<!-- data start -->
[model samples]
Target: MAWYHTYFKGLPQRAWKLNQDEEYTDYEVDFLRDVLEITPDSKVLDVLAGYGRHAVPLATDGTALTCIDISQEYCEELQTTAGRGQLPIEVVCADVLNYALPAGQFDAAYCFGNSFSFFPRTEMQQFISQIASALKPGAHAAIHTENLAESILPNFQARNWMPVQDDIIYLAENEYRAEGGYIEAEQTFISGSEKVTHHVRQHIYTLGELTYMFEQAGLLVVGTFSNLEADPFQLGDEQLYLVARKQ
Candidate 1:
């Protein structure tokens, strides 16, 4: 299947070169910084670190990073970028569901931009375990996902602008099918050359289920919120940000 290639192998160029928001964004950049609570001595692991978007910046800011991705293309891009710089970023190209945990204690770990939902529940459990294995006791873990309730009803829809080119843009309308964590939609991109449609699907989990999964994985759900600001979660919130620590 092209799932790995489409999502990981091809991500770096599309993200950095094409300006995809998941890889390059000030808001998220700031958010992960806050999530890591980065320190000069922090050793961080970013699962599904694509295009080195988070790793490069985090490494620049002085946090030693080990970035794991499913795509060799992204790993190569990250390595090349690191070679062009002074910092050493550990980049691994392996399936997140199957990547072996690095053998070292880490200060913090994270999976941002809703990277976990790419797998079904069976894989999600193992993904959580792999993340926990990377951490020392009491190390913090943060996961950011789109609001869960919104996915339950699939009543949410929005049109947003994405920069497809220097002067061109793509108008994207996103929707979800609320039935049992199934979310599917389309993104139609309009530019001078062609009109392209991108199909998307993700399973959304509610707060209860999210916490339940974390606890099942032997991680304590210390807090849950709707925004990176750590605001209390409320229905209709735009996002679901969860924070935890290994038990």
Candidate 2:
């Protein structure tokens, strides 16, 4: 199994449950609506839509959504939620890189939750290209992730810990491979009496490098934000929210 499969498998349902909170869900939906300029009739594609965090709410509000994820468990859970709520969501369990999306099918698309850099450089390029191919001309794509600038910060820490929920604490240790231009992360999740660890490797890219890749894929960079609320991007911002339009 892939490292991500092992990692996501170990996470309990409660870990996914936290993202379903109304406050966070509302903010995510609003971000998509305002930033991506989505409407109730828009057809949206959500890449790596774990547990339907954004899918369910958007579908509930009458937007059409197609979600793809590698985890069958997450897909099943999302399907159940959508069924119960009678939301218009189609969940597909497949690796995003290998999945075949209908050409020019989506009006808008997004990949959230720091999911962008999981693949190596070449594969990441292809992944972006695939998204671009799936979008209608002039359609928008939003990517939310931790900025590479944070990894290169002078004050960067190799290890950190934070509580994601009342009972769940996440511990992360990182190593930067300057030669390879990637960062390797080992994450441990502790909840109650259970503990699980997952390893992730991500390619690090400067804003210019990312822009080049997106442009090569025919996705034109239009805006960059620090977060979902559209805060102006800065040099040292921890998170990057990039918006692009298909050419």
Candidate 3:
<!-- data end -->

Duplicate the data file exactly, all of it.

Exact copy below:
[model samples]
Target: MAWYHTYFKGLPQRAWKLNQDEEYTDYEVDFLRDVLEITPDSKVLDVLAGYGRHAVPLATDGTALTCIDISQEYCEELQTTAGRGQLPIEVVCADVLNYALPAGQFDAAYCFGNSFSFFPRTEMQQFISQIASALKPGAHAAIHTENLAESILPNFQARNWMPVQDDIIYLAENEYRAEGGYIEAEQTFISGSEKVTHHVRQHIYTLGELTYMFEQAGLLVVGTFSNLEADPFQLGDEQLYLVARKQ
Candidate 1:
């Protein structure tokens, strides 16, 4: 299947070169910084670190990073970028569901931009375990996902602008099918050359289920919120940000 290639192998160029928001964004950049609570001595692991978007910046800011991705293309891009710089970023190209945990204690770990939902529940459990294995006791873990309730009803829809080119843009309308964590939609991109449609699907989990999964994985759900600001979660919130620590 092209799932790995489409999502990981091809991500770096599309993200950095094409300006995809998941890889390059000030808001998220700031958010992960806050999530890591980065320190000069922090050793961080970013699962599904694509295009080195988070790793490069985090490494620049002085946090030693080990970035794991499913795509060799992204790993190569990250390595090349690191070679062009002074910092050493550990980049691994392996399936997140199957990547072996690095053998070292880490200060913090994270999976941002809703990277976990790419797998079904069976894989999600193992993904959580792999993340926990990377951490020392009491190390913090943060996961950011789109609001869960919104996915339950699939009543949410929005049109947003994405920069497809220097002067061109793509108008994207996103929707979800609320039935049992199934979310599917389309993104139609309009530019001078062609009109392209991108199909998307993700399973959304509610707060209860999210916490339940974390606890099942032997991680304590210390807090849950709707925004990176750590605001209390409320229905209709735009996002679901969860924070935890290994038990």
Candidate 2:
């Protein structure tokens, strides 16, 4: 199994449950609506839509959504939620890189939750290209992730810990491979009496490098934000929210 499969498998349902909170869900939906300029009739594609965090709410509000994820468990859970709520969501369990999306099918698309850099450089390029191919001309794509600038910060820490929920604490240790231009992360999740660890490797890219890749894929960079609320991007911002339009 892939490292991500092992990692996501170990996470309990409660870990996914936290993202379903109304406050966070509302903010995510609003971000998509305002930033991506989505409407109730828009057809949206959500890449790596774990547990339907954004899918369910958007579908509930009458937007059409197609979600793809590698985890069958997450897909099943999302399907159940959508069924119960009678939301218009189609969940597909497949690796995003290998999945075949209908050409020019989506009006808008997004990949959230720091999911962008999981693949190596070449594969990441292809992944972006695939998204671009799936979008209608002039359609928008939003990517939310931790900025590479944070990894290169002078004050960067190799290890950190934070509580994601009342009972769940996440511990992360990182190593930067300057030669390879990637960062390797080992994450441990502790909840109650259970503990699980997952390893992730991500390619690090400067804003210019990312822009080049997106442009090569025919996705034109239009805006960059620090977060979902559209805060102006800065040099040292921890998170990057990039918006692009298909050419």
Candidate 3: